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Things are especially harrowing in states without mask mandates or capacity limits on indoor dining
Over the past couple weeks, COVID-19 vaccine eligibility has opened up across the country, with more than half the states expanding to include all adults ages 16 and up. This has led to a flood of eligible people vying for vaccination appointments and, in some cases, demand outpacing supply. Restaurant and other food service workers are among those who find themselves in competition for those coveted slots — and for many of them, there’s the added pressure of having to report for work in cities and states where restrictions on dining have been loosened or lifted.
A Centers for Disease Control and Prevention (CDC) panel recommended in December that essential workers such as food service employees be prioritized in phase 1c of the vaccine rollout, following phase 1a’s health care personnel and nursing home residents, and phase 1b’s frontline essential workers — including food production and agriculture workers — and adults ages 75 and older. Ultimately, however, it was up to each state to decide how exactly to determine eligibility and implement rollout.
That has left restaurant workers, like grocery store workers before them, in a double bind: declared essential enough to keep restaurants and fast-food chains running, but not essential enough to receive vaccine prioritization in many states. Their situation is made even more precarious by the reopening of indoor dining and the relaxing of capacity and mask mandates in several states. In Texas, the New York Times points out, all adults 16+ are newly eligible after early access was strictly limited; all the while, masks and social distancing are no longer required, and businesses’ indoor capacity is back up to 100 percent.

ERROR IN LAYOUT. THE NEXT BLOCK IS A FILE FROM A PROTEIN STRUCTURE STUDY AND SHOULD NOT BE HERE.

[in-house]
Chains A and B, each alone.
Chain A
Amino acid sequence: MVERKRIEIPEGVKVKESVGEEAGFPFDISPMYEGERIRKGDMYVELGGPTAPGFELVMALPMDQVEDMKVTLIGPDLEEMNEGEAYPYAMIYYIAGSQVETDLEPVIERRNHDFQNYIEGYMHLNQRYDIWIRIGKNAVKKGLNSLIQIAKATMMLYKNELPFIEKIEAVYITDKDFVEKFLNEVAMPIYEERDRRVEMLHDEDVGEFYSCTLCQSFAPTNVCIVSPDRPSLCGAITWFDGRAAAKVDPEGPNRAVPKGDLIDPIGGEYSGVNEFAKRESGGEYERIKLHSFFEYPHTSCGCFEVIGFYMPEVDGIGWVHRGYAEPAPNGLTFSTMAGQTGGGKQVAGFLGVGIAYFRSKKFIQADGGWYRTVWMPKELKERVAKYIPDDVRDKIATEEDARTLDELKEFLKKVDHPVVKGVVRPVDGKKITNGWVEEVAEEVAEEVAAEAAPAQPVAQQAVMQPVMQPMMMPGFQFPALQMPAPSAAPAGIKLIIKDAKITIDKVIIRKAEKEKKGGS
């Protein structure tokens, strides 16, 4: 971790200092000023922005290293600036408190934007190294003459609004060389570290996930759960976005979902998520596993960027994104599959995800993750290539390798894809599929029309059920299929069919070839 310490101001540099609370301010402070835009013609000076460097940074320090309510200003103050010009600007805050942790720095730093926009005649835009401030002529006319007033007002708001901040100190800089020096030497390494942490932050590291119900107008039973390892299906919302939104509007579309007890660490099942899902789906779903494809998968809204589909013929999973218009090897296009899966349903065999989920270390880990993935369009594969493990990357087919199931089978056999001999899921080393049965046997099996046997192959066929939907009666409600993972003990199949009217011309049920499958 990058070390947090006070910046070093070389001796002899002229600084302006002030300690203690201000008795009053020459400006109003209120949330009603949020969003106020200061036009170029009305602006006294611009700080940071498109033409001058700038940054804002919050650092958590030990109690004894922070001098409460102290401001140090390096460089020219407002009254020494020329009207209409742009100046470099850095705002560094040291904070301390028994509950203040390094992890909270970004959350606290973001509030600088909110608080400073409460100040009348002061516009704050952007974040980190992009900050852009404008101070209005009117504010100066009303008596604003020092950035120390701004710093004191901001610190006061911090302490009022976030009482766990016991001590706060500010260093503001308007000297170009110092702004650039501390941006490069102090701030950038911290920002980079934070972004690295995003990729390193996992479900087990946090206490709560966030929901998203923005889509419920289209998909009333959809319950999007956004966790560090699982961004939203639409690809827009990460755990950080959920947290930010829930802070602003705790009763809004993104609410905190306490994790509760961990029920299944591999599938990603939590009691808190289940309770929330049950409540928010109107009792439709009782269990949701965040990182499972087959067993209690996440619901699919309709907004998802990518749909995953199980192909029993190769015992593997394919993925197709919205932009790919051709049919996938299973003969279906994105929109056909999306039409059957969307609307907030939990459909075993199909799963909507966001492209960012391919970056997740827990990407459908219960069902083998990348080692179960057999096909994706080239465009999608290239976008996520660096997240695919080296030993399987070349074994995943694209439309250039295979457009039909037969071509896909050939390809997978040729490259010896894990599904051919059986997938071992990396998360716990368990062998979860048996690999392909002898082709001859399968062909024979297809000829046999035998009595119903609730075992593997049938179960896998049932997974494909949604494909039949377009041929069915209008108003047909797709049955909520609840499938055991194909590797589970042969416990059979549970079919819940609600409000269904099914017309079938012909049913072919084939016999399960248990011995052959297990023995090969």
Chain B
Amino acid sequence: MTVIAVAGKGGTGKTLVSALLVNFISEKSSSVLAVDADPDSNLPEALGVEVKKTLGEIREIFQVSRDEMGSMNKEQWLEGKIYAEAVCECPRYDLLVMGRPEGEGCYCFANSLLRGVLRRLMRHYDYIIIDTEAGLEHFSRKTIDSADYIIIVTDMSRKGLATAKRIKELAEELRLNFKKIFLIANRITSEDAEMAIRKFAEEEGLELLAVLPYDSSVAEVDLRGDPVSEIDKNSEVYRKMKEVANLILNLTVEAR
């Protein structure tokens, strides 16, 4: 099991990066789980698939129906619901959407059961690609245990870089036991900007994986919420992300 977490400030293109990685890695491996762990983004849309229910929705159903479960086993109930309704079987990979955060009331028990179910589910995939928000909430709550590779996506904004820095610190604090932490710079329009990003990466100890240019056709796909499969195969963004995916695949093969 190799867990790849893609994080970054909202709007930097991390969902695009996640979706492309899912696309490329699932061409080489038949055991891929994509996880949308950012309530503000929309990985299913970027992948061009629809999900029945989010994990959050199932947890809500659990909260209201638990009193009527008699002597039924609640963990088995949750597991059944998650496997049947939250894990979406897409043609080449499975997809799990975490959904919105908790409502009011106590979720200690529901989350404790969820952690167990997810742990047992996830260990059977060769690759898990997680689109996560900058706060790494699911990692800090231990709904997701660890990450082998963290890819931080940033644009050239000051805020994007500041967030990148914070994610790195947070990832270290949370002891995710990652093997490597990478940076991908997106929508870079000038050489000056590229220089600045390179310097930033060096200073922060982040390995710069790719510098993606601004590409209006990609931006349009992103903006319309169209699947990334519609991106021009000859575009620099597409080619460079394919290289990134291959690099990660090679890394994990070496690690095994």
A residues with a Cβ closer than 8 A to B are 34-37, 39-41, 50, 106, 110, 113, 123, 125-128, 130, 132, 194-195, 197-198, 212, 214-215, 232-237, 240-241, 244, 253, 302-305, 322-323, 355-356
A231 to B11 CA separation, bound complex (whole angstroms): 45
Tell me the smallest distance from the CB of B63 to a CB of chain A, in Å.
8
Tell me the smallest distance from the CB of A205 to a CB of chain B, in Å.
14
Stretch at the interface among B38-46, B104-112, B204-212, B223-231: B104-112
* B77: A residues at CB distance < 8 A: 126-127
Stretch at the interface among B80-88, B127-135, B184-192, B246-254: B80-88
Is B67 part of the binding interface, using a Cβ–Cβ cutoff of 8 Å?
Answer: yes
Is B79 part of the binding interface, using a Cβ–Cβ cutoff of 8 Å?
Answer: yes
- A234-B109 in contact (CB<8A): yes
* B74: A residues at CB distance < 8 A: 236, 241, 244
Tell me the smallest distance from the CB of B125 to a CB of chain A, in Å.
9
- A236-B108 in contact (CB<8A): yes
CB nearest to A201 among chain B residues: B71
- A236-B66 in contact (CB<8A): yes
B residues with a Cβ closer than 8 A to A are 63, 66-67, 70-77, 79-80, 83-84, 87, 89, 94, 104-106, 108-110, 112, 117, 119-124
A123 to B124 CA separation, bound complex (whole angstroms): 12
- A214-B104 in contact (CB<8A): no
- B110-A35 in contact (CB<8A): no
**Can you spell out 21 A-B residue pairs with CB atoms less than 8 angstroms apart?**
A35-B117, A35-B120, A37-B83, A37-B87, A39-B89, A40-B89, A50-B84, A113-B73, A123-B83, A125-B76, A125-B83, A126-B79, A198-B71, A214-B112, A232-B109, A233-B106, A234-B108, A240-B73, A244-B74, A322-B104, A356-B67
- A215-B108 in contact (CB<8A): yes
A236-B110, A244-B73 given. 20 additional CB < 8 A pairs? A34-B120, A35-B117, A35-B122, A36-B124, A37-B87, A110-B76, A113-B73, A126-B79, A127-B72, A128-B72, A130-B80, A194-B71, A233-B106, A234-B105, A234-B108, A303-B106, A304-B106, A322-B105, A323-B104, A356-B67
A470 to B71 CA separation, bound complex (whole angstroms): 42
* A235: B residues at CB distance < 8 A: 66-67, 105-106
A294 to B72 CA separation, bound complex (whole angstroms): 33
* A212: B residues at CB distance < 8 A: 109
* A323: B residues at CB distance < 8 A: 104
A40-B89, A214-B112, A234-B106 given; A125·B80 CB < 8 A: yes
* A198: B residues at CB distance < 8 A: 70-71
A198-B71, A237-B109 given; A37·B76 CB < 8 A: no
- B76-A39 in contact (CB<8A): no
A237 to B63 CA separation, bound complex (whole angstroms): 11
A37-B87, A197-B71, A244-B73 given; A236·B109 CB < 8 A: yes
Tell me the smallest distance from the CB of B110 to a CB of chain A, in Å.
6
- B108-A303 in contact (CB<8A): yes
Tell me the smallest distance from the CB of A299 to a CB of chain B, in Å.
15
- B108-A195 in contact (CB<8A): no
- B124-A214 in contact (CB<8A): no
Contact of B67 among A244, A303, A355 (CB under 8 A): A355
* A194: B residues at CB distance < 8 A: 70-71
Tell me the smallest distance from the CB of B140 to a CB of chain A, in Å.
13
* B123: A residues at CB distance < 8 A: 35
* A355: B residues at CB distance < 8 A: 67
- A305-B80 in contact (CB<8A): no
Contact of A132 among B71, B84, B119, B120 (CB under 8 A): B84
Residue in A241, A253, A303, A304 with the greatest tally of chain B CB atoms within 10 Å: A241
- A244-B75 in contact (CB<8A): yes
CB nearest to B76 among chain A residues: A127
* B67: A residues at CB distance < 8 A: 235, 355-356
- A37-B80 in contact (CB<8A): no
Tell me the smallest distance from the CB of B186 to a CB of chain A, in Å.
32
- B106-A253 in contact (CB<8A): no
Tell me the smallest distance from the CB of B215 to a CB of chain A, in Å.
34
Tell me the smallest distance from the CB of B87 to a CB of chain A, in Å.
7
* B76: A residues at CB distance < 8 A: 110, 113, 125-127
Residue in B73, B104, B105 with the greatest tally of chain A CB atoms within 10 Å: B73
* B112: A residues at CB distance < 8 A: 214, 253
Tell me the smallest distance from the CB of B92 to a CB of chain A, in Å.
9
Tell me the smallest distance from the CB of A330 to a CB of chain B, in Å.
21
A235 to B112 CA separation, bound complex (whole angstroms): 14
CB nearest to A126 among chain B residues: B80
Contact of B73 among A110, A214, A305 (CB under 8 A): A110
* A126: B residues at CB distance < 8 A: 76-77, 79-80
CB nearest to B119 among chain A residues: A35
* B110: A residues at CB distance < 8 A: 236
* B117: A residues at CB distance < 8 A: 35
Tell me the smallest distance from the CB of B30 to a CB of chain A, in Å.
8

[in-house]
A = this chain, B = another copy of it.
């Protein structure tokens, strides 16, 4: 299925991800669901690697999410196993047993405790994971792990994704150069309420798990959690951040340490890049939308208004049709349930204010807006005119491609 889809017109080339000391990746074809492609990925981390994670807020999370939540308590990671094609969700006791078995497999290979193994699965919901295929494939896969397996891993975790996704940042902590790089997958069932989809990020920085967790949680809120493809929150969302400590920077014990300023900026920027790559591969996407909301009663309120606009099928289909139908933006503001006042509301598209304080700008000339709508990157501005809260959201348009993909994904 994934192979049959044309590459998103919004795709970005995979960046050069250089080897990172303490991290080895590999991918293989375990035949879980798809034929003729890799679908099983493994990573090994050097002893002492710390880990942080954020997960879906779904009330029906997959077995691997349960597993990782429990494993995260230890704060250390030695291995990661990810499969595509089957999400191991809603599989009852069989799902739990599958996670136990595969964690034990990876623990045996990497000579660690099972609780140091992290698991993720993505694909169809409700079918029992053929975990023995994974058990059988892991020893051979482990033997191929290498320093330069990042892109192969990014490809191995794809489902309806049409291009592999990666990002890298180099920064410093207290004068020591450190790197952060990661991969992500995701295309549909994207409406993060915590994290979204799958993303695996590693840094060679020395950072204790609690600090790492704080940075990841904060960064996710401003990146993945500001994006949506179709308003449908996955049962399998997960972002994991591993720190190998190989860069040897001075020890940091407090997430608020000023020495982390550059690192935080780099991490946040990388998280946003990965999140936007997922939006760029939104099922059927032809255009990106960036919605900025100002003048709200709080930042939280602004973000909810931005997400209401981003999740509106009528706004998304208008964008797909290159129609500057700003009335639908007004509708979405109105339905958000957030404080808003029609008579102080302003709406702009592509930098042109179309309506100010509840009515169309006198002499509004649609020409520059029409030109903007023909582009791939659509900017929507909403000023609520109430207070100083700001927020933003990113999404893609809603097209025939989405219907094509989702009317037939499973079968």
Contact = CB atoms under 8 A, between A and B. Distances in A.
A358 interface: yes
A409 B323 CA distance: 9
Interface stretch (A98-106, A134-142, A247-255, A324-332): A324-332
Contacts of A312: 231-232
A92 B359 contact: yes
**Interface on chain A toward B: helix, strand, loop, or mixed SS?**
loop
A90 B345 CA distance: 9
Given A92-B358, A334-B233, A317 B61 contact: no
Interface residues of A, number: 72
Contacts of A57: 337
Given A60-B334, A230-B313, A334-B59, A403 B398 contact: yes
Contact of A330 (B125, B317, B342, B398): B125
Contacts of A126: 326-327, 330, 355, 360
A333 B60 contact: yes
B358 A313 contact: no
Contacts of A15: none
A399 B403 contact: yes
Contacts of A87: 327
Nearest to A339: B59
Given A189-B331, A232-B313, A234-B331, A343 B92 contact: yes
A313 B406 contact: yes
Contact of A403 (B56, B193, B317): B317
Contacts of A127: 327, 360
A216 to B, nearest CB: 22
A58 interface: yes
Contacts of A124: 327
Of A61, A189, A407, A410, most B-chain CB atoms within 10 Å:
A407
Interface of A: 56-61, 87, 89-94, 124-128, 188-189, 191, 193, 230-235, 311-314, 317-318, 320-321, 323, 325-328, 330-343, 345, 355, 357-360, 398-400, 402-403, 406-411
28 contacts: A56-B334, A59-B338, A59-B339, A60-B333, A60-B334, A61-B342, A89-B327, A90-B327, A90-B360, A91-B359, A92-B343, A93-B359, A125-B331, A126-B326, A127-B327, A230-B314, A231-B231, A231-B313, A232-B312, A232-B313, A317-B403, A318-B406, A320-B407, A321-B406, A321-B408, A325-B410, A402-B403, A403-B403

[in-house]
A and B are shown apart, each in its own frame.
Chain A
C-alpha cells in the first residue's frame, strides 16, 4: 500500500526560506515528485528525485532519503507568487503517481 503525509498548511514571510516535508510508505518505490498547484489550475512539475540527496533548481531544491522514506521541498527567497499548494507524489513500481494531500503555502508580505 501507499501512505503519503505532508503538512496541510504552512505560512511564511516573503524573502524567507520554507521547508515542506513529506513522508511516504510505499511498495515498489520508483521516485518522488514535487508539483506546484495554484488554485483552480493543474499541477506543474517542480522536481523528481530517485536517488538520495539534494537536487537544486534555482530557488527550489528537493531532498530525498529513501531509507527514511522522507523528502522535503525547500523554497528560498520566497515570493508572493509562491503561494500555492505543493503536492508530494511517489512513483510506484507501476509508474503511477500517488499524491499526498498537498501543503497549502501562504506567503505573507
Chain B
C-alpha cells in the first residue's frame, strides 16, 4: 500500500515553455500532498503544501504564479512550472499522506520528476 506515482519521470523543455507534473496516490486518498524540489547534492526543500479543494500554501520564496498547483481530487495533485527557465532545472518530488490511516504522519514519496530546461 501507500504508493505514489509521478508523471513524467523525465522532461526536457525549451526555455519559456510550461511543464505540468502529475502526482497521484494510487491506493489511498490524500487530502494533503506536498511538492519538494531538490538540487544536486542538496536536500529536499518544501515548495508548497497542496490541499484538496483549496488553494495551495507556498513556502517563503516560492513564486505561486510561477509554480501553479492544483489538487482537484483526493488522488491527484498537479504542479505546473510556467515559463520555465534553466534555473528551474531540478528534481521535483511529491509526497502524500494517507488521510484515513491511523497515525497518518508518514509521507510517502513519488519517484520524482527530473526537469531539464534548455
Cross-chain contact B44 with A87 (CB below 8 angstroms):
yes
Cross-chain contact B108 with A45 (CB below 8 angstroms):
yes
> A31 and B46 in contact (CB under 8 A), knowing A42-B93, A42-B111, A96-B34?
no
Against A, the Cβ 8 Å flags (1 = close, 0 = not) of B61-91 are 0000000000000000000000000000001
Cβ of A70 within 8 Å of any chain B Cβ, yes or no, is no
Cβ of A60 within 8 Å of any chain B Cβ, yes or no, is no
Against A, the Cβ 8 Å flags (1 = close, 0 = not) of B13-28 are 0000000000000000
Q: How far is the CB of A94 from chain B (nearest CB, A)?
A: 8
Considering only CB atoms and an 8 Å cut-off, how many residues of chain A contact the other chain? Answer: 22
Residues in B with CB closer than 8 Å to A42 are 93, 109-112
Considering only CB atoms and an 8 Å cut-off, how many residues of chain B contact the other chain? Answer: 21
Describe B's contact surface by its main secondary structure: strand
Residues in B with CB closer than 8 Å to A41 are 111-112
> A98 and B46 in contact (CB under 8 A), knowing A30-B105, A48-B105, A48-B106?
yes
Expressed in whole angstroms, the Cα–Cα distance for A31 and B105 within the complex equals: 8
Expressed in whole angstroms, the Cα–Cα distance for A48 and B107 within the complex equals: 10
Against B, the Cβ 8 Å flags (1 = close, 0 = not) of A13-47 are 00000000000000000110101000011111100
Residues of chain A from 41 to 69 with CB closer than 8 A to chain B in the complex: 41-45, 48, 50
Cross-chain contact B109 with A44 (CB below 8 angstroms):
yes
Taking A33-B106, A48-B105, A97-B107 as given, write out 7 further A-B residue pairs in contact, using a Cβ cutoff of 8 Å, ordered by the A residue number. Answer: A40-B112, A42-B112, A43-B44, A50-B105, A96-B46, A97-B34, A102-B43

In case it bears repeating once more: Restaurants, in which customers remove their masks for the purpose of eating and drinking in largely enclosed quarters, have been linked to rises in COVID infections and deaths, especially in areas without mask mandates, per a CDC study.
Some restaurant workers, many of whom are immigrants, may also be reluctant to register for vaccine doses because it requires leaving a record of their name, birth date, and other personal information.
Certain cities and counties, as well as individual restaurants and industry associations, have taken steps to target their workers for vaccination, the Times reports. Los Angeles County and Nashville have allocated some vaccine appointments specifically for food, agriculture, and hospitality workers. Restaurant owners and trade groups have organized vaccine drives for their employees, worked with clinics to set up worker vaccine sites. Other restaurants have committed to helping their employees secure appointments and providing time off for the shot and subsequent recovery period in case of side effects.